The world is changing fast and to keep up you need local knowledge with global context.
By Jackie Cameron
- President Cyril Ramaphosa has started a weekly email to the nation. In his first letter to South Africans, Ramaphosa says he will, each week, discuss some of the issues that interest and concern South Africans, and talk about the work being done in government to tackle these issues. “I hope you will find it useful,” he says. In his first email, he focuses on the economy – and in particular the very high unemployment rate. “This year, the economy will record growth that is lower than expected (and much lower than what we need). Government finances are stretched about as far as they can go, and several industries are looking at retrenching workers,” he says. Nevertheless, he is optimistic the situation can improve. “Much work is underway to improve the ease and reduce the cost of doing business, as are efforts to restructure state owned enterprises and ensure that they perform better in meeting the country’s needs. A clear strategy to place Eskom on a sustainable path of recovery is also being finalised,” he says. “On the first Monday morning of each month, the Deputy President and I meet with the leaders of business, labour and the community sector to review the implementation of measures agreed at last year’s Jobs Summit. Our continued focus is on job creation and how we can reduce the numbers of people who are unemployed. It is clear that, as a country, we are taking firm action to grow the economy and create jobs. But we need to do more to turn things around.
- Finance Minister Tito Mboweni has once again called for the government to stop subsidising inefficient state-owned companies. Mboweni warned the African National Congress National Executive Committee (NEC) that government’s choices are becoming starker, and that urgent changes are needed. Mboweni, whose presentation was leaked to Fin24, reportedly said collective bargaining agreements are favouring big business and big labour to the detriment of the unemployed and small business. Treasury wants small businesses to be exempted from industry wage agreements.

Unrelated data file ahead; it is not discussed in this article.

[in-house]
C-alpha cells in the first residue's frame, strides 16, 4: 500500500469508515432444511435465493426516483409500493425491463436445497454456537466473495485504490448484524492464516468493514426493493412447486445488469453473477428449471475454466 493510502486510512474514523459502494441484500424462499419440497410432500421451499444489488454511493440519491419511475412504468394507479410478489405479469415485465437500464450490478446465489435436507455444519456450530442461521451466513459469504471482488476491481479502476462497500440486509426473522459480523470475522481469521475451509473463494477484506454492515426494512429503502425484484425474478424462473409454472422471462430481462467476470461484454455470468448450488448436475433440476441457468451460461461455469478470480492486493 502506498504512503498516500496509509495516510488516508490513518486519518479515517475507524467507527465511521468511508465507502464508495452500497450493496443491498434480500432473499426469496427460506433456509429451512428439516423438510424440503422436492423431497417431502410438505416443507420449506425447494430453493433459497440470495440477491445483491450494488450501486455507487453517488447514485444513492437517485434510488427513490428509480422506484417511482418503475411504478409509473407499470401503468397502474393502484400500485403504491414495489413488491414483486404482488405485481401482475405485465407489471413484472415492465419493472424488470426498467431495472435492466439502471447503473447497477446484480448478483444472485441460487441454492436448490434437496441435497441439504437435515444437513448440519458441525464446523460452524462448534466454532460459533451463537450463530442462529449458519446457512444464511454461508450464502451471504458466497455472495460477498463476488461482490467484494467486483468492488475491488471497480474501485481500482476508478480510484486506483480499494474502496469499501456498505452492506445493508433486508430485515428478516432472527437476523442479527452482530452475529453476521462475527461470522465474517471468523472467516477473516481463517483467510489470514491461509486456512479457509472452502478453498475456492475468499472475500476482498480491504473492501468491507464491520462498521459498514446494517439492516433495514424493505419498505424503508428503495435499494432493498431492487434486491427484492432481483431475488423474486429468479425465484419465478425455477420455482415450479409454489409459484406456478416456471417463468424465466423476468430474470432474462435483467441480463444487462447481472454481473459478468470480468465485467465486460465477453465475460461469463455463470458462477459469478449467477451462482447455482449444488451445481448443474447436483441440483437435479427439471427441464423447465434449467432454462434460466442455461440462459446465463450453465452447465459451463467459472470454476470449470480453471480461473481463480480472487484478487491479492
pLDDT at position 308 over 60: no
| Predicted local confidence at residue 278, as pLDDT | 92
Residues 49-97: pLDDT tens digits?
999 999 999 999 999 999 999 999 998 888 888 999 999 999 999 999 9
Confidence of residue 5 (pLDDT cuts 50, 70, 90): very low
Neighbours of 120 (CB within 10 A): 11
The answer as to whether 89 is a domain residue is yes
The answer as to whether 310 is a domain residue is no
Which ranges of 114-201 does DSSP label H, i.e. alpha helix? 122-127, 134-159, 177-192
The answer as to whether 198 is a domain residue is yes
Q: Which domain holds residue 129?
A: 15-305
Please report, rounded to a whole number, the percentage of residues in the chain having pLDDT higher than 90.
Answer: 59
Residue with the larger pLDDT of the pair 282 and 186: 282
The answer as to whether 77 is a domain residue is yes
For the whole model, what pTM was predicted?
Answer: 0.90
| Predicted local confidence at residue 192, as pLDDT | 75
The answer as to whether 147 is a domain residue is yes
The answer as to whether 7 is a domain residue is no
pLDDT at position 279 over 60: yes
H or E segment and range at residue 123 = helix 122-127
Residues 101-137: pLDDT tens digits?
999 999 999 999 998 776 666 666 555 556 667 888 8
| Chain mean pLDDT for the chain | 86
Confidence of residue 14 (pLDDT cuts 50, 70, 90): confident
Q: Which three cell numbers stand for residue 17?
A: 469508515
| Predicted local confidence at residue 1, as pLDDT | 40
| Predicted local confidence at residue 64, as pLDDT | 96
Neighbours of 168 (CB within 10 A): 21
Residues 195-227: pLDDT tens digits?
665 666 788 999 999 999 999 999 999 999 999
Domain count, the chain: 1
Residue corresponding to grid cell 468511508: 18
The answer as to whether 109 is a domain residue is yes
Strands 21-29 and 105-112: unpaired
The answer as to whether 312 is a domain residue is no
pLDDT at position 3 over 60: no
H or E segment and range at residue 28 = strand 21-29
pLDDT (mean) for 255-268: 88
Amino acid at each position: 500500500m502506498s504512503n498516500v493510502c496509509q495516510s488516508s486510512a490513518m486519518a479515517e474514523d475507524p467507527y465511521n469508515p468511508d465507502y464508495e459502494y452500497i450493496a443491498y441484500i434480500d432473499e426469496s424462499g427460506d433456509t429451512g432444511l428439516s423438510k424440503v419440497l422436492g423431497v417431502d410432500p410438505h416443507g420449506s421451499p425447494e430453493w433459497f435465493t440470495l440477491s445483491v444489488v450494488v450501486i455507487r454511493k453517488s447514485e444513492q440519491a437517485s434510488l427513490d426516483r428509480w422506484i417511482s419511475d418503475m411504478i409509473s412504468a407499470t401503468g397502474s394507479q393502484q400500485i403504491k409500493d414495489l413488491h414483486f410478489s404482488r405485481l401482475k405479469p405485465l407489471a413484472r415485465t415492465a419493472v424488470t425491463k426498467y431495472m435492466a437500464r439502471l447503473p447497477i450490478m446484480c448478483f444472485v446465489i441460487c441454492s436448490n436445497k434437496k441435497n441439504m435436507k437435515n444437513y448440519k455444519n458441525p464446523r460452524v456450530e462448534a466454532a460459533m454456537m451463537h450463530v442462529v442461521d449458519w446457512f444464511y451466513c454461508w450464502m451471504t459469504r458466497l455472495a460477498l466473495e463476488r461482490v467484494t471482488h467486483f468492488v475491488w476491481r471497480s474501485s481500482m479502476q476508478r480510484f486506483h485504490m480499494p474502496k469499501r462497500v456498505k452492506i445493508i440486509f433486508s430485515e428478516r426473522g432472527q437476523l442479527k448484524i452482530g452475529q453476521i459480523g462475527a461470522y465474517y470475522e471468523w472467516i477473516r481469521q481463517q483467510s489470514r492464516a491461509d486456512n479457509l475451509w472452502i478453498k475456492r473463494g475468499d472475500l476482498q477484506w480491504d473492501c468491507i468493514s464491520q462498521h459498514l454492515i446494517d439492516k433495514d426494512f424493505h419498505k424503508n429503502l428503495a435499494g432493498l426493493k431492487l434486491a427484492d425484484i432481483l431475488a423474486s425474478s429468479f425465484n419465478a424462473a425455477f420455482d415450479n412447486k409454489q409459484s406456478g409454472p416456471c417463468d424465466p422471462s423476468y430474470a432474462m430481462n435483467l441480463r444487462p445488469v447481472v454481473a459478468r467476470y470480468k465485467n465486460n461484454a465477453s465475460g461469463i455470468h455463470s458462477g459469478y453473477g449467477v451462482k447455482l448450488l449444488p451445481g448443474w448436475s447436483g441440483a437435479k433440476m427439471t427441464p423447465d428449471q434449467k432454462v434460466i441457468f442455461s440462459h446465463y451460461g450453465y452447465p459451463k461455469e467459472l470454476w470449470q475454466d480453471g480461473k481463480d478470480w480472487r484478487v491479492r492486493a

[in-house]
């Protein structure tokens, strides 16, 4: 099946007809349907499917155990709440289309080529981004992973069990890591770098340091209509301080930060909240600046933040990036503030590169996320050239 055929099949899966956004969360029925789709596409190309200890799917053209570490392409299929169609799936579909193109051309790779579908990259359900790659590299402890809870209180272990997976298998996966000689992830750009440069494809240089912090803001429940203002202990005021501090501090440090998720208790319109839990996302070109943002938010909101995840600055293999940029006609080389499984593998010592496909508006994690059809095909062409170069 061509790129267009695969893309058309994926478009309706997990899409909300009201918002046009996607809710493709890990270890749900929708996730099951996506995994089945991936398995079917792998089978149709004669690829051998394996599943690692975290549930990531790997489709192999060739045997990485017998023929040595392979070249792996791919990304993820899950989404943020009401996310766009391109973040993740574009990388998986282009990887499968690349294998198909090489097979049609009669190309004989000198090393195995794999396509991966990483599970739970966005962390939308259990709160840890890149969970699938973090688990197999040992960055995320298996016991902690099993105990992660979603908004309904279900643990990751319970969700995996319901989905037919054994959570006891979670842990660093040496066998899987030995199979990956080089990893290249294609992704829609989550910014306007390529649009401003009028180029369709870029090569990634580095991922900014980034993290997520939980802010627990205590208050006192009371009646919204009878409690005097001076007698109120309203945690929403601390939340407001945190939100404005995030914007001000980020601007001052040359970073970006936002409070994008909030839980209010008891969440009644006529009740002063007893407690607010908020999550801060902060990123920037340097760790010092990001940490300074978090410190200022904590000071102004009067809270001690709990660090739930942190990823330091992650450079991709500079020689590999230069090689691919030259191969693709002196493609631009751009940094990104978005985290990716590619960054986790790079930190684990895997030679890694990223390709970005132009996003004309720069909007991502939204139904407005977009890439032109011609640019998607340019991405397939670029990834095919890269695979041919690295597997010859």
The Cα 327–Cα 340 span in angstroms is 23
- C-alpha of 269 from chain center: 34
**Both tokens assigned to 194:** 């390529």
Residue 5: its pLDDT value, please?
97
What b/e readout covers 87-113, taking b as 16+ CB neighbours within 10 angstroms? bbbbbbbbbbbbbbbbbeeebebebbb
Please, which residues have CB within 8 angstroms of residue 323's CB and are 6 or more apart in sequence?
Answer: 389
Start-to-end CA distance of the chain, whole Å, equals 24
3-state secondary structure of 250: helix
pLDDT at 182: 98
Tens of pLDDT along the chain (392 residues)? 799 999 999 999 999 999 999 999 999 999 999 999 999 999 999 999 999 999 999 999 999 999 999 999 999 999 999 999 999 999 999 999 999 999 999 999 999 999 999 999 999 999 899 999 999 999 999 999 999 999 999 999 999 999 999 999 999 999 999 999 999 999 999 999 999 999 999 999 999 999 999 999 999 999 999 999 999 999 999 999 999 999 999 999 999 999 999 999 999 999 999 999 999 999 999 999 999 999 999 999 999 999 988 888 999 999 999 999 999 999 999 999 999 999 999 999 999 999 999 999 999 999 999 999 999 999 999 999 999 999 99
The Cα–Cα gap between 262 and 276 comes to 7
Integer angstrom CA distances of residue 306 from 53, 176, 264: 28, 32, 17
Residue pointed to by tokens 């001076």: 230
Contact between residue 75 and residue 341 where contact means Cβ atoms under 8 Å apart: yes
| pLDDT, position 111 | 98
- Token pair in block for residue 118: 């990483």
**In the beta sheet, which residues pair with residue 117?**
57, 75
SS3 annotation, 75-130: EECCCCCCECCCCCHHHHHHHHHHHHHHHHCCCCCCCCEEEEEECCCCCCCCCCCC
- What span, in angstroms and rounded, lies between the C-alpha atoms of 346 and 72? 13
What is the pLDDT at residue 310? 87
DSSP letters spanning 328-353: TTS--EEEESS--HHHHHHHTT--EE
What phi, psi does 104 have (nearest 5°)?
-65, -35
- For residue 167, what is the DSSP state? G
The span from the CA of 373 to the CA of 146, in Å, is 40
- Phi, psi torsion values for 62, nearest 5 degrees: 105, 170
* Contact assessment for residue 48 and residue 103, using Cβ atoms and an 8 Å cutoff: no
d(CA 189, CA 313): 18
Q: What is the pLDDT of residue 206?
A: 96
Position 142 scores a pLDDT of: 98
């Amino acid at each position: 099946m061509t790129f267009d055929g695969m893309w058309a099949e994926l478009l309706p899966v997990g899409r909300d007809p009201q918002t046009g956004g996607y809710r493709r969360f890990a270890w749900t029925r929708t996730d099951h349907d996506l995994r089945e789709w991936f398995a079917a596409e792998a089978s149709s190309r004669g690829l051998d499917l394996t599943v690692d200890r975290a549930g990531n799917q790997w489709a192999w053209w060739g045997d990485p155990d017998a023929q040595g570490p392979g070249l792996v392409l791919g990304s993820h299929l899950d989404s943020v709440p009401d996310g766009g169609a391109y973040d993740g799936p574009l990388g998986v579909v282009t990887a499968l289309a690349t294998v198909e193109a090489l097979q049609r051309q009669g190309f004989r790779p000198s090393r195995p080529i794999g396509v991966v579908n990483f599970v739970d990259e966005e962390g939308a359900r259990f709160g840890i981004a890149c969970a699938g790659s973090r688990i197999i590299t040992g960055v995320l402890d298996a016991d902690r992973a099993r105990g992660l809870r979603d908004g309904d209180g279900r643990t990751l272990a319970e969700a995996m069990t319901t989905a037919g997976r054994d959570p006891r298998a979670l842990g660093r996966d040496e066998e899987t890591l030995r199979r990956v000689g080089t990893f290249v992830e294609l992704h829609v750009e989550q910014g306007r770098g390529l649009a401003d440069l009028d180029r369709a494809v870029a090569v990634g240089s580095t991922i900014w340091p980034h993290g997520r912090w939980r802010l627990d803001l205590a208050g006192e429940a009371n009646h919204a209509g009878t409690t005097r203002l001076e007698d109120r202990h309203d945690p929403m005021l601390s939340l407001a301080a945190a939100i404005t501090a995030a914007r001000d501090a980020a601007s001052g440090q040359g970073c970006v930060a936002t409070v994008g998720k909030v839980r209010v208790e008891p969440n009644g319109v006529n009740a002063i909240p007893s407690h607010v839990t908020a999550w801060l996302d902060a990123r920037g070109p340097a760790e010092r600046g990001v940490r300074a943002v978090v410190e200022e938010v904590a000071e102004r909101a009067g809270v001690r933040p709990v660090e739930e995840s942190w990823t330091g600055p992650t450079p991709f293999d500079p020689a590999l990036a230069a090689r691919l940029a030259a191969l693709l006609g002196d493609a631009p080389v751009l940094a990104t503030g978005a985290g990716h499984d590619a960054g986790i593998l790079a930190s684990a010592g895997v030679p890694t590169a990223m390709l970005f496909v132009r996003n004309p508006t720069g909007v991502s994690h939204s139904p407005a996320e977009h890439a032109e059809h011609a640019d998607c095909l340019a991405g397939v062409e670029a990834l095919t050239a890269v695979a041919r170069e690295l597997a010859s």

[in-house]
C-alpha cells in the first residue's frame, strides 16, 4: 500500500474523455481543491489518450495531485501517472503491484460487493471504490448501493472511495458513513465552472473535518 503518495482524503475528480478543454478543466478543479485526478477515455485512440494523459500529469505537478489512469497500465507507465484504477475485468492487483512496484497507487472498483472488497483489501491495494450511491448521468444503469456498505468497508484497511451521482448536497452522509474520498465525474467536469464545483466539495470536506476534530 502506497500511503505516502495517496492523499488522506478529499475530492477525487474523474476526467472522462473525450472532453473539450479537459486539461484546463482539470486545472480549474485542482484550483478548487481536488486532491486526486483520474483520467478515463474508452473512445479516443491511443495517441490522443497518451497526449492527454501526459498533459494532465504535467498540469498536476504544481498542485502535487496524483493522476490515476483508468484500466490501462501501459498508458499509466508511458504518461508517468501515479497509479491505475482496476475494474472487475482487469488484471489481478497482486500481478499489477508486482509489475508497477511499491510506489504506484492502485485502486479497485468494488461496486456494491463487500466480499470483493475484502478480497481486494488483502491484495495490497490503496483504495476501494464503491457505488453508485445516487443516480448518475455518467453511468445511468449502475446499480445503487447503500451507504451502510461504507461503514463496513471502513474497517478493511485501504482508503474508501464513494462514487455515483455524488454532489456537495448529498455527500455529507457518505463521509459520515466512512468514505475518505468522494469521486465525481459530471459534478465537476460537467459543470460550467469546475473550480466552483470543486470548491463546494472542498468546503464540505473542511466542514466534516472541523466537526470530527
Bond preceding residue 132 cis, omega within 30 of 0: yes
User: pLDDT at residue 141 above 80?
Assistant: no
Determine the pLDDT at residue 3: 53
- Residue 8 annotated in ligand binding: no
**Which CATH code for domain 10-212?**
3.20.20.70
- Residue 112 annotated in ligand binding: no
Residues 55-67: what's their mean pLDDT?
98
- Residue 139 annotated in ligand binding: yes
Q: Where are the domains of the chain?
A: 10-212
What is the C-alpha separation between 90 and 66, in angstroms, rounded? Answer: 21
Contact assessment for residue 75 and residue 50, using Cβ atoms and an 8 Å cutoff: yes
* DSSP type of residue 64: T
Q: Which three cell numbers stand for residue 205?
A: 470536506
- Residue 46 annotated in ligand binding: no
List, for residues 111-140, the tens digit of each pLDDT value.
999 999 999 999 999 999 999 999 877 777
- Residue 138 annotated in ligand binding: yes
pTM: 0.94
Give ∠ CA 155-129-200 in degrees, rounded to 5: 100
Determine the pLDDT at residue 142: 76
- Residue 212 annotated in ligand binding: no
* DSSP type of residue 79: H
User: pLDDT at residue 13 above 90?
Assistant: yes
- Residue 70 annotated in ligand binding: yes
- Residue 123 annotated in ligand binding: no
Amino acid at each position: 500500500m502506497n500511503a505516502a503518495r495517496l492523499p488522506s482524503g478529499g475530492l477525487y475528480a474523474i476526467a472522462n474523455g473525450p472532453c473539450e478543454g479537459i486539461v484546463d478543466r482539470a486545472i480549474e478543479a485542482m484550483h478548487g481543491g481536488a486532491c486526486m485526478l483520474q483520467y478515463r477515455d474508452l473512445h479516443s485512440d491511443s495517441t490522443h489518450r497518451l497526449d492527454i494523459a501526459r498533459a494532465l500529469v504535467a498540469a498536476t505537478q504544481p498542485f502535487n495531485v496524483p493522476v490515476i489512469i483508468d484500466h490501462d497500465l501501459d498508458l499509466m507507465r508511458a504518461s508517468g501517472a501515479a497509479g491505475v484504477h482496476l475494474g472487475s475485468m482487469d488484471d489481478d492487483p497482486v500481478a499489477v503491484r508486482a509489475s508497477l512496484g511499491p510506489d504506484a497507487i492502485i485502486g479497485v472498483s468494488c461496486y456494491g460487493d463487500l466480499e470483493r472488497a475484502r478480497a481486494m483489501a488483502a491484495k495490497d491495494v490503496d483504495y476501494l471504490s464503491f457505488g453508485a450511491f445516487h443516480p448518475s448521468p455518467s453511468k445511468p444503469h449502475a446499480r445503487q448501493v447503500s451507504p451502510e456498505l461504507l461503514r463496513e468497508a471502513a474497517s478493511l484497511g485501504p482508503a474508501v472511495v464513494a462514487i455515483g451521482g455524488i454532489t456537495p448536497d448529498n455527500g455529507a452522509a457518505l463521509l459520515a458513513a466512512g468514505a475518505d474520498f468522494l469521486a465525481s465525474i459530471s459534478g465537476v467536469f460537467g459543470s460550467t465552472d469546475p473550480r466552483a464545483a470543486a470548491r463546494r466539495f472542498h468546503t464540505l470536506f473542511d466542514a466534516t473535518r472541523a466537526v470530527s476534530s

- Despite spearheading an ill-fated foray into Australia, Woolworths CEO Ian Moir pocketed R23m in the past year. This brings his total earnings over the past five years to R191m, reports Fin24. Despite a strong local performance from Woolworths, group headline earnings fell almost 5% for the year to end-June – due to David Jones, says the news website. “Moir was appointed CEO of Woolworths in 2010, and championed the acquisition of the Australian department store in 2014 for R21.5bn. But the group has since been forced to write down more than R6bn of the acquisition’s value. Continued investment in the underperforming David Jones has also increased the debt burden on the local company,” it says.
- The world’s biggest predatory fish, the Great White, hasn’t been seen this year in False Bay, according to scientists and cage-diving operators. While the absence may be temporary it’s creating concern because, along with vineyards, the iconic Table Mountain and world-class restaurants the species is key to a $2.6bn provincial tourism industry, says Bloomberg.
- Billionaire entrepreneur Elon Musk has unveiled the latest iteration of his space company’s newly assembled Starship, outlining a speedy development timeline for the centre piece vehicle of SpaceX’s quest to launch humans to the moon and Mars, reports Reuters. Musk showed a crowd of space enthusiasts and reporters at SpaceX’s rocket development site late on Saturday in the remote village of Boca Chica, Texas, animations of Starship landing on the moon and Mars and predicted that the rocket’s first orbital flight could come in the next six months, followed by missions to space with humans aboard the next year, says the news agency.
- South Africa’s rand weakened on Monday, tracking the euro and other emerging market currencies, as ongoing jitters about the trade dispute between China and the US and faltering euro zone growth dampened demand, says Reuters.
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Cyril Ramaphosa: The Audio Biography
Listen to the story of Cyril Ramaphosa's rise to presidential power, narrated by our very own Alec Hogg.